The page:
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Photo: Aralipunan In On The Postcolony , Achille Mbembe writes that “speaking rationally about Africa is not something that ever comes naturally.” Would you wonder why? The tragedy of knowledge production today, just as it was in the past, is that Africans continue not to be the intended targets of whatever is written about Africa and Africans. So, when European explorers from the late 18 th century and earlier 19 th century started ‘discovering’ places in Africa, there “discoveries” were structured around pan-European epistemological universe. European understood that Africans lived in the places they “discovered.” But what Africans knew or valued meant absolutely nothing to Europeans unless it informed what Europeans understood about their interests in Africa. In the western context therefore, what Mungo Park did in the 18 th century regarding Niger River was a discovery. The African was epistemologically non-existent. Even after the end of the official European colonialism

The Ministry of Tribal Affairs (MTA) and Ethnic Differences in South Sudan

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  I have written about the creation of this ministry somewhere , but I will go into it in more detail. It is, I think, a feasible suggestion. But you’re welcome to disagree and discourse with me rationally. Ethnic groups, or to use the dreaded anthropological term, ‘tribe’, are the basic sociopolitical units in South Sudan. This makes them the center around which the South Sudanese society operates. Unfortunately, some South Sudanese have bought into the failed Western idea that tribes can be wished away, and our societies live in a de-tribalized environment. This is an extremely dangerous myth. It makes us overlook the problems engendered by tribal affiliations and belonging and wish for a utopian world where ethnic groups do not exist; a cosmopolitan world of Kwame Anthony Appiah where our universal similarities are overplayed and our ethnic differences downplayed. But as Walter Rodney, in his classic, How Europe Underdeveloped Africa , has noted, ethnic differences are not the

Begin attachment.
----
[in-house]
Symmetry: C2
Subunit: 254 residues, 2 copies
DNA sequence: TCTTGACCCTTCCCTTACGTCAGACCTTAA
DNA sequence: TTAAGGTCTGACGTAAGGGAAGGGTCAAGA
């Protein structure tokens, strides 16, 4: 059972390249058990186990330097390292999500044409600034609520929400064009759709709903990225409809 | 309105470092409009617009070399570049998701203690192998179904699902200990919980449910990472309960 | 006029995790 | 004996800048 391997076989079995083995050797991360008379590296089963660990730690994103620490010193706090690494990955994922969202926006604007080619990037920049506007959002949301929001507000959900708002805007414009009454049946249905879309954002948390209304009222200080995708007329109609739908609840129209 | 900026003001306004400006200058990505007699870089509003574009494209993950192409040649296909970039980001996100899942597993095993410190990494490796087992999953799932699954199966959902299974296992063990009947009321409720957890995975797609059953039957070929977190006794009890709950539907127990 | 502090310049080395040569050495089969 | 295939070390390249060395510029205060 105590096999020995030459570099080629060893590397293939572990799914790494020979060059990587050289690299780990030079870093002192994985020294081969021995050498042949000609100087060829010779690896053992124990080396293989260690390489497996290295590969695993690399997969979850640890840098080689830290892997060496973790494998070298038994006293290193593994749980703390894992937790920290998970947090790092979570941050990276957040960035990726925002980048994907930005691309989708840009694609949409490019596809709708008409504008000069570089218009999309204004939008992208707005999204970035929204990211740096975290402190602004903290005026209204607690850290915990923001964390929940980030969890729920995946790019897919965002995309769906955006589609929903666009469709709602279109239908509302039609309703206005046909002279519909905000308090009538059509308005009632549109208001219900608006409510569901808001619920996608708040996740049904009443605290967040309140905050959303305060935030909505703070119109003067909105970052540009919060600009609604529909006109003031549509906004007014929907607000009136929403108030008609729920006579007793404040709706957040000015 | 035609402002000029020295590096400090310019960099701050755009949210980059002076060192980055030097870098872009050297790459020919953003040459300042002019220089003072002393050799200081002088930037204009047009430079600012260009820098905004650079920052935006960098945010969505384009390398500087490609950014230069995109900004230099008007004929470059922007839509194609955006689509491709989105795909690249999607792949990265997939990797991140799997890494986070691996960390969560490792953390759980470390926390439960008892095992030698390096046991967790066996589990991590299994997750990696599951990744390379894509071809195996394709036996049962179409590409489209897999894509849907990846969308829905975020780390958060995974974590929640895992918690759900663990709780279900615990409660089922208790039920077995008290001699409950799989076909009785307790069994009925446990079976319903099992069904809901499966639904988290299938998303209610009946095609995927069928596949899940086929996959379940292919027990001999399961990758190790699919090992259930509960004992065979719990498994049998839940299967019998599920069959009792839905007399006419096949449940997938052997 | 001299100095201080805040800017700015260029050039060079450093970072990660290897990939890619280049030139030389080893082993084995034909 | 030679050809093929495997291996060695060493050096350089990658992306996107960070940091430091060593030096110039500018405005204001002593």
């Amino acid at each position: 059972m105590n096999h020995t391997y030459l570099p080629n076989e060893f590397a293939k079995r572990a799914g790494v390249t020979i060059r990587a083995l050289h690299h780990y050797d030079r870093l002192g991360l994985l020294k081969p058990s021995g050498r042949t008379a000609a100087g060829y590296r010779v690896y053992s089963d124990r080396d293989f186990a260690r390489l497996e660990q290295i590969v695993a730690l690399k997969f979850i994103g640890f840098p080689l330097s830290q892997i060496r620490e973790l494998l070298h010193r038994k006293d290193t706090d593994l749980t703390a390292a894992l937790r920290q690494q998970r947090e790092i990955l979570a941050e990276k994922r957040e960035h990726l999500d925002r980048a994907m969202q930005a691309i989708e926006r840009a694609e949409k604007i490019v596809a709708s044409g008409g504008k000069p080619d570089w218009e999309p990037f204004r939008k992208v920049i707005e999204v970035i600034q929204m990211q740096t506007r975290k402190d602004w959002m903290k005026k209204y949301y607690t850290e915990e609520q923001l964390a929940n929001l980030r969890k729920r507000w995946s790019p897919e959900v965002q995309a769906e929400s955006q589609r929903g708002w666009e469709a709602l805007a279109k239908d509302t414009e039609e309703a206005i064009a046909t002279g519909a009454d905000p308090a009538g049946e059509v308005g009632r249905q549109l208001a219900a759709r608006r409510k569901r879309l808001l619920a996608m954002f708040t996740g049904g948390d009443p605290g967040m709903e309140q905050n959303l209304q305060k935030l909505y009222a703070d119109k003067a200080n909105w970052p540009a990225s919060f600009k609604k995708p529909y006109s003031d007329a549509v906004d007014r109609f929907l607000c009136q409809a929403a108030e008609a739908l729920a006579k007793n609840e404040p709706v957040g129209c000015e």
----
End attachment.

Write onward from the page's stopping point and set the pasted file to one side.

The policy to train midwives from all genders is to reduce the prevalent maternal mortality rates in South Sudan

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By Pal Chol Nyan* "Having male midwives was not there in Sudan because they had enough  workforce  in the health sector in contrast to South Sudan. The male midwives are guided by professional ethics including confidentiality, among others, which appeared to one of the complainants that the male midwives will not adhere to what they got trained for." I read a funny story on Radio Tamazuj website that the people of Aweil  and Rumbek are against mothers being delivered by male midwives. They cited two reasons: That the male midwives will develop a loss of libido ( sex drive), and  that it is against their cultures and norms. This means that it is a social taboo for another man to see the private parts of women who are not theirs.  They might be right, as it were, if their concerns are taken in the context of traditional cultural practices. In conventional scientific  and medical practice, that perception has become outdated, obsolete  so it remains a superstition that has no p

In South Sudan one day...

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By Yien Wil Mayuak Nyoch*   "We will let our intellectuals know that being educated is not about sitting idly at tea shops or being appointed to a certain political position, but it is about putting the skills one learns at school to practice. We will let them know that the value of education is the use of what is learned at school for the development of the society ." Current road conditions in South Sudan  We (the patriotic citizens) will challenge our corrupt politicians by ceasing hotel accommodations and proving to them that spending money in hotels cannot take us anywhere. We will tell them that sending their children abroad for a better education instead of establishing a better education system in the country can only make South Sudan a benefactor of other countries with about 80% of the country’s budget spent in foreign countries. The country will be democratized where a nyone will respect the law and no one will be above the law. The power will be decentralized in